world failed to take a unified stand to express solidarity with the 
Iraqi people and state?
[Al-Sahhaf] These projects are just as miserable and silly as this 
meeting.
[Correspondent] Were there Arab countries in the meeting who supported 
the Iraqi stand in rejecting the draft statement at hand?
[Al-Sahhaf] All the Arab Maghreb countries tried to stop the scheming 
members but all their good efforts regrettably failed.
[Al-Sahhaf] We heard that you had a heated argument with the Kuwaiti 
[foreign] minister; did this really happen?
[Al-Sahhaf] No, he tried -- as usual -- to be slanderous and I answered 
back.
[Video shows video taken from al-Jazirah Space Channel of al-Sahhaf 
making statements to reporters]

III. ARAB LEAGUE STATEMENT
Arab Statement Calls for Iraqi U.N. Compliance
CAIRO, Jan 24 (Reuters) - Arab League foreign ministers meeting in Cairo 
issued a statement on Sunday calling on Iraq to implement United Nations 
resolutions on weapons inspections which are crucial 
to any lifting of sanctions. 
   It also called on Iraq not to make any "provocative actions" towards 
its neighbours, including Kuwait, which Baghdad invaded in 1990 and 
occupied for seven months. 
   The communique was given to reporters by Arab League officials after 
Iraq walked out of the talks in protest over what it called a biased 
final statement. 
   The ministers continued their talks after the Iraqi protest, 
suggesting there could be changes to what they had intended to be the 
final statement. 
   "The ministers are still discussing the final statement," an Egyptian 
official told Reuters. 
    The meeting of the 22-member Arab League had sought to unify the 
Arabs' position on Iraq after U.S.-led air strikes against the country 
in December. 
   "The ministers expressed sorrow and displeasure over the military 
option against Iraq. They called for diplomacy and adoption of Security 
Council resolutions," the statement said. 
   The ministers called on Iraq to cooperate with the United Nations in 
implementing the resolutions. 
   The air strikes by the U.S. and Britain were launched last month 
after U.N. weapons inspectors reported that Baghdad was not cooperating 
with them. The inspections must prove Iraq has rid itself of any weapons 
of mass destruction before the eight-year old sanctions can be lifted. 
  "The ministers expressed total solidarity with the Iraqi people and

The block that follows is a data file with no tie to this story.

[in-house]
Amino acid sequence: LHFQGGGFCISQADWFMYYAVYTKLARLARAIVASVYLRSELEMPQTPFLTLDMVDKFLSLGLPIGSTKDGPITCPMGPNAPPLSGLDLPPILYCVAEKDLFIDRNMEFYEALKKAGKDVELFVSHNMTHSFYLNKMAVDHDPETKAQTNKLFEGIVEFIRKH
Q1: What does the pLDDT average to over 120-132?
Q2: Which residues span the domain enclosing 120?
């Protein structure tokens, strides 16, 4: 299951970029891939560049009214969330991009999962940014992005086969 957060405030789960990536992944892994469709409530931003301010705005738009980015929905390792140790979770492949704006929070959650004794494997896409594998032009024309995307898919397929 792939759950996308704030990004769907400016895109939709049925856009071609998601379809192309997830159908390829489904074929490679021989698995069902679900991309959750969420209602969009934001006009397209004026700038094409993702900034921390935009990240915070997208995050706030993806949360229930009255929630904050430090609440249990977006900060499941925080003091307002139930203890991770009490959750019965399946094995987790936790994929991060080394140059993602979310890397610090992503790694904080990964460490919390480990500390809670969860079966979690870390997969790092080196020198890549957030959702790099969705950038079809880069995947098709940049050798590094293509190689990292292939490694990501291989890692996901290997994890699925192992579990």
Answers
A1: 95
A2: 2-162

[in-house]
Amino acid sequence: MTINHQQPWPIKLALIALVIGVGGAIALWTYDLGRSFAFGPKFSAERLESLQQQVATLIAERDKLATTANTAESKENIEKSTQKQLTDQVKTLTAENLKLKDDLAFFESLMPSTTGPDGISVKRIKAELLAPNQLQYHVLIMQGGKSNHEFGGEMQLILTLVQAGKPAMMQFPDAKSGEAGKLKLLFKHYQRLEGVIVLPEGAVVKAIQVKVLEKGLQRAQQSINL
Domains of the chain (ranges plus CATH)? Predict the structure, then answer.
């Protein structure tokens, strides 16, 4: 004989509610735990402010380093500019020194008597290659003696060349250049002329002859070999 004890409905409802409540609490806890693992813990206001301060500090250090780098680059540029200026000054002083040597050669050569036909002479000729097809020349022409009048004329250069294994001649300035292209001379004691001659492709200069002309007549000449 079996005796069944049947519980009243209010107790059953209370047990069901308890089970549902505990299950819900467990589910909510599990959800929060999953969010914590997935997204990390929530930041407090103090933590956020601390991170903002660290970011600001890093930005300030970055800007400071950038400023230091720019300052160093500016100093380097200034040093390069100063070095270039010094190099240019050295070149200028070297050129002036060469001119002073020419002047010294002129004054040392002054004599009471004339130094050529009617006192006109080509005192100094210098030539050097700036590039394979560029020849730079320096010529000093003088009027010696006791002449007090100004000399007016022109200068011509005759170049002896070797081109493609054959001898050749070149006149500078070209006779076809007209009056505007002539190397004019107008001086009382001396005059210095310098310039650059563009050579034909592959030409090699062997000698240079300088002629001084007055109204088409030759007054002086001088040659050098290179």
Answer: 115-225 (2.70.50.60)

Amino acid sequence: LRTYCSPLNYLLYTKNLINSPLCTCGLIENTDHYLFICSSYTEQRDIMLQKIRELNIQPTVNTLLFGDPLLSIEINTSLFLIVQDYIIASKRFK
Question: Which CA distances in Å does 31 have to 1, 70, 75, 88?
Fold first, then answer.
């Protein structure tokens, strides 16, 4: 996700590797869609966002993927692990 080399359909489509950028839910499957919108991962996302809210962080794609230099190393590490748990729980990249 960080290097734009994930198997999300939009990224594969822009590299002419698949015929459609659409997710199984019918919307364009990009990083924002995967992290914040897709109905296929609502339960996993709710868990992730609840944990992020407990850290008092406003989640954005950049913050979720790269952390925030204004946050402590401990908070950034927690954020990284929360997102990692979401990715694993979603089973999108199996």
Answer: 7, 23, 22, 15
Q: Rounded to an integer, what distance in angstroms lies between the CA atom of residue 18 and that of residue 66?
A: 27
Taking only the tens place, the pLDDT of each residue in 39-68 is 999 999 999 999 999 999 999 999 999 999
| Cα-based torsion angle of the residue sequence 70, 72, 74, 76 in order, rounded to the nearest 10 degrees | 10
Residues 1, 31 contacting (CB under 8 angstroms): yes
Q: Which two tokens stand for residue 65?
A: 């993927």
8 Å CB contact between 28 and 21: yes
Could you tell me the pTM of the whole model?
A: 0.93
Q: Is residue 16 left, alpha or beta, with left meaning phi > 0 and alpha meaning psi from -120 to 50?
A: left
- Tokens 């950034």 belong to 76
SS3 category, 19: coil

their suffering from the embargo and stressed there should be 
international efforts to lift it," the statement said. 
   It called on Iraq "not to follow provocative policies towards it 
neighbours...and they asked the Iraqi government to prove its peaceful 
intentions towards Kuwait and neighbouring countries verbally and 
practically. 
   "They decided that Arab governments should all exert efforts within 
the U.N. and the Security Council to lift the sanctions according to a 
timely programme." 
   It made no mention of what one Arab League source had earlier said 
was a line in the final statement implying Iraq recognised that it made 
a mistake over Kuwait and refused to apologise. 
   The statement called for a follow-up committee including Saudi 
Arabia, Syria, Egypt, Jordan, United Arab Emirates, the Arab members of 
the Security Council and the Arab League head. 
   "The meeting stressed the Arab stand against violations of Iraq's 
sovereignty, the unity of its lands and interference of its internal 
affairs." 
   The statement also said there should not be "double standards" with 
regard to Security Council resolutions, referring to Israel's 
"possession of weapons of mass destruction as well as threatening Arab 
lands." 
   The communique, issued after seven hours of talks, said there would 
be more talks on the possibility of an Arab summit.

IV. IRAQ TO ASK OPEC TO CUT SAUDI QUOTA
Baghdad Iraq Satellite Channel Television in Arabic 1700 GMT 24 Jan 99 
[Announcer-read report]
[FBIS Translated Text] Oil Minister Lieutenant General 'Amir Muhammad 
Rashid has announced that Iraq will ask OPEC to reduce Saudi Arabia's 
oil production quota by one-third, and said Saudi Arabia is responsible 
for the drop in the oil prices.
  The oil minister said that his ministry took several measures in light 
of the thorough analysis of his Excellency President Saddam Husayn to 
expose the Saudi oil policy and the harm that has befallen the
oil-producing countries from the drop in prices.

V. SEN. MURKOWSKI, OUR TOOTHLESS IRAQ POLICY
Our Toothless Policy on Iraq 
By Frank H. Murkowski
Monday, January 25, 1999; Page A21 
   On the eve of Operation Desert Fox, President Clinton announced to 
the nation that "we are delivering a powerful message to Saddam." That 
message now appears to be that as long as Saddam Hussein refuses to 
cooperate with inspections, refuses to comply with U.N. resolutions and 
refuses to stop illegally smuggling out oil, he will be rewarded by the 
de facto ending of economic sanctions. 
   At least, that was the message sent by the U.S. Ambassador to the 
United Nations Peter Burleigh on Jan. 14 when he offered a plan to